By Ed Huyck
By Melissa Wray
By Patrick Strait
By Jonathan McJunkin
By B Fresh Photography
By Ryan Siverson
By Kendra Sundvall
By Ed Huyck
Tuesdays at 9:00 p.m.
Does anyone smell trout and gunpowder? After the catastrophic premiere of her new tabloid drama Dirt, Courteney Cox is the proverbial fish in a barrel being blasted a new gill by TV critics from Manhattan to Mount Shasta. In fact, I wouldn't be surprised if the latest issue of the Free-Range Farmers' Gazette bumped its feature on yak butter to rank on poor Courteney for a few column inches. Within minutes of its unholy genesis, Dirt was so universally reviled, so unanimously shat-upon, that it may have actually reconciled foes and healed marriages. Even the president of FX (Dirt's disgraced home) felt compelled to let the Television Critics Association know that the show—in his opinion—will improve midseason.
Maybe everyone's overreacting. I watched Dirt (occasionally through fanned fingers), and I honestly didn't think it was quite as revolting as the ink would have you believe. First of all, it's fun seeing Cox play vampy editrix Lucy Spiller after her sexless decade on Friends. It's kind of like when Leonardo DiCaprio did The Basketball Diaries and everyone was all, "Hey, Luke from Growing Pains is dancing with Mr. Brownstone!" These days, Monica's looking hard, mean, and unexpectedly hot.
Secondly, Ian Hart deserves the lonely praise he's received for his portrayal of Don Konkey, the schizophrenic paparazzo. When Don is onscreen—often hallucinating a cinematic rain of blood, random zombies, or a conversation with his dead cat—it feels like we're watching a different show. A good one. In fact, if Don Konkey were the main character, FX might have a critical hit. (As it is, they've got a ratings hit. People might not like Dirt, but they're watching it in droves. Admittedly, subsequent episodes have shown slight quality improvements.)
It's hard to tell what Dirt's message is, or should be. As a celebrity, Cox has been the subject of stealth photography for years, and this experience clearly informs the show in some fashion (Cox is executive producer). Indeed, the print rumor mill is responsible for an actress's suicide in the very first episode—a scabrous indictment of the gossip industry if ever there was one.
That doesn't quite resolve the question of whether we're supposed to cheer the tabloid scum or take delight in their punishment. When guilt-stricken Lucy cries herself to sleep, are we expected to feel sympathetic, or is this just one of Cox's petty Bonnie Fuller revenge fantasies? After all, co-exec-producer David Arquette (Cox's real-life husband) has described the show as "turning the tables" on the snappers who've staked out his family. As a result, Dirt feels like such a textbook vanity project that it possesses all the objectivity of US Weekly's fashion page. (Put it this way: If Robert Downey Jr. conceived a show called Assholes about narcotics officers, could we trust him to be impartial?)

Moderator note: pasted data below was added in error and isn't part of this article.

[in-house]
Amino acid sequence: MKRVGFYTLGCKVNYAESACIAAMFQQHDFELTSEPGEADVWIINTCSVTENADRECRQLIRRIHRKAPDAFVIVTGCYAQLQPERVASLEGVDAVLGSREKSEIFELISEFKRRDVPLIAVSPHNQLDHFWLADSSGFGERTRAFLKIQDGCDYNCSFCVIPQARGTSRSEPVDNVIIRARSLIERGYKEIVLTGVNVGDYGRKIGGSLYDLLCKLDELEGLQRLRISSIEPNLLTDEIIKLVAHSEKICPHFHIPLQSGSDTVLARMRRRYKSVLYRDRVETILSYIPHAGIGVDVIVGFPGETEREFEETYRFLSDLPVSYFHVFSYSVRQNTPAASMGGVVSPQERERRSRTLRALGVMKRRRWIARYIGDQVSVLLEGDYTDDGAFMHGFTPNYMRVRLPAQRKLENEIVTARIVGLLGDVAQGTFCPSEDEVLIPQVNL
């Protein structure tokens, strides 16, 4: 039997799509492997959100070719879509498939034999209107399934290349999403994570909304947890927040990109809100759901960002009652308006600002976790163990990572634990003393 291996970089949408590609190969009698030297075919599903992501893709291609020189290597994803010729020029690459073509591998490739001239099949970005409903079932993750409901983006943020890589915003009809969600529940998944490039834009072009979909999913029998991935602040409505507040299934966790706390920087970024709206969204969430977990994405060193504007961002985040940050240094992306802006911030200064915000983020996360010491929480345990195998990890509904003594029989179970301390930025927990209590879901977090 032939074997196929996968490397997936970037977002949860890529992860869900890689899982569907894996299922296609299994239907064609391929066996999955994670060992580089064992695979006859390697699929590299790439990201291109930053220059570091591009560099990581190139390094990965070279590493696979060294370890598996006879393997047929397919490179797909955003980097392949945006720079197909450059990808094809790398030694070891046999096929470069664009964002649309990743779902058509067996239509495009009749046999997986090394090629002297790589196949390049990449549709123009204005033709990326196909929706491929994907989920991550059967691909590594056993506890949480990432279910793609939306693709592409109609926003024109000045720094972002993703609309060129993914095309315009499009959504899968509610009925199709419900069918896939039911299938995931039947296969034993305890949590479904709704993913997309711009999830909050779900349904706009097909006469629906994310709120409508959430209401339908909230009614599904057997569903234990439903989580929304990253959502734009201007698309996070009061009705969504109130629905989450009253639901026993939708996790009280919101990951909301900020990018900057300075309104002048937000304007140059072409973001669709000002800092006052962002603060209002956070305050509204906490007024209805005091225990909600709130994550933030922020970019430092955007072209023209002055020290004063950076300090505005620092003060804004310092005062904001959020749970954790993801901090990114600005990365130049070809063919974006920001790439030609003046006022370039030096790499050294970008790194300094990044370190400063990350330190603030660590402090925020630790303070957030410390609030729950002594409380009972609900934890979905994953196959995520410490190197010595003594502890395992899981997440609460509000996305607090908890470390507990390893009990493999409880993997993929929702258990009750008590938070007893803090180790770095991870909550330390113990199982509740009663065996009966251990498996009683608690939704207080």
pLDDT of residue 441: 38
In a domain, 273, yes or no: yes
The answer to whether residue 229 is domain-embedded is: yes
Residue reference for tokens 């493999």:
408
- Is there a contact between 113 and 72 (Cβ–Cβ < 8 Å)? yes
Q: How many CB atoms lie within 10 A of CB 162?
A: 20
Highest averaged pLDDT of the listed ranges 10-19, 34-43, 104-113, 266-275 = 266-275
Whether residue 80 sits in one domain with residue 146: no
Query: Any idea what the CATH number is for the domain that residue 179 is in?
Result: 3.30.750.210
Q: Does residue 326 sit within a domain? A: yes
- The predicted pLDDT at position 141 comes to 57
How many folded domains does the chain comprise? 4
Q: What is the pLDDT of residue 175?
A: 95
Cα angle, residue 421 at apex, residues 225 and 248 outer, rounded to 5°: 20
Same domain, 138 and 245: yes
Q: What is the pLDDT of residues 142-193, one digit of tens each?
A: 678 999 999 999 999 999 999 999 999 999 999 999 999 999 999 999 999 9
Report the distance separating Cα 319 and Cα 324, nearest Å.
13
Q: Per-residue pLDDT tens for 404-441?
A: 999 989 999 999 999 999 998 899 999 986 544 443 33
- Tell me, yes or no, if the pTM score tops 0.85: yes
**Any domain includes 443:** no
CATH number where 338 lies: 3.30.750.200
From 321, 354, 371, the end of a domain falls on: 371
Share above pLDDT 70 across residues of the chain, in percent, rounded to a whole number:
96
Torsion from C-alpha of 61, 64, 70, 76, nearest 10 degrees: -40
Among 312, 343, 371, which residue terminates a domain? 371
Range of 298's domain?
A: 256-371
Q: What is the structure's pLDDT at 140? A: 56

Maybe the Cox-Arquettes should be grateful for the fact that people clamor to photograph them. There are lesser personalities out there who'd love to be stalked by a schizoid pap. Emmanuel Lewis, for instance. Or Vanilla Ice. Or any one of the sub D-listers appearing on The Surreal Life Fame Games, a new show that pits hungry celebs against each other, measures their respective fame through a variety of humiliating challenges, houses the winners in one of those dime-a-dozen cliff-side mansions, and banishes the losers to slightly shoddier digs. The losers even get a three-legged dog to increase the pathetic ambiance.
This may sound like Easy Street to those of us ensconced in efficiency apartments with space heaters, but you must understand how brittle are the egos involved. Let's break for a pertinent personal anecdote: I saw Fame Games contestant Chyna Doll at the Rainbow in West Hollywood two weeks ago. As I watched her aimlessly stagger across the patio in her aqua sweatsuit, clinging to a friend for support, she seemed as fragile as her inanimate namesake. Sure enough, in the very first episode of the show, Chyna is the first one to crack when a group of bystanders fails to ask for her autograph. Ron Jeremy is quick to comfort her (I can't believe I just typed that), but the overall mood is glum.
This motley army is being forced to confront a cruel reality: that despite their shared status as outcasts—Hollywood Goonies—some of them are more valuable than others. (In this case, Pepa trumps Vanilla Ice, who trumps Mini-Me, who unfortunately trumps the awesome C.C. DeVille. There's no accounting for taste.)
In an upcoming episode, the gang is challenged to see how many celebrities they can get to answer the phone. Do you see how evil this is? Pitting Blackberry against Blackberry in an already fraught environment, forcing these vulnerable people to exploit their dwindling contacts? (And should Pepa really get points for calling Spinderella?) This is like forcing a group of 12-year-old boys into an impromptu public penis-measuring contest. There will be tears, I assure you.
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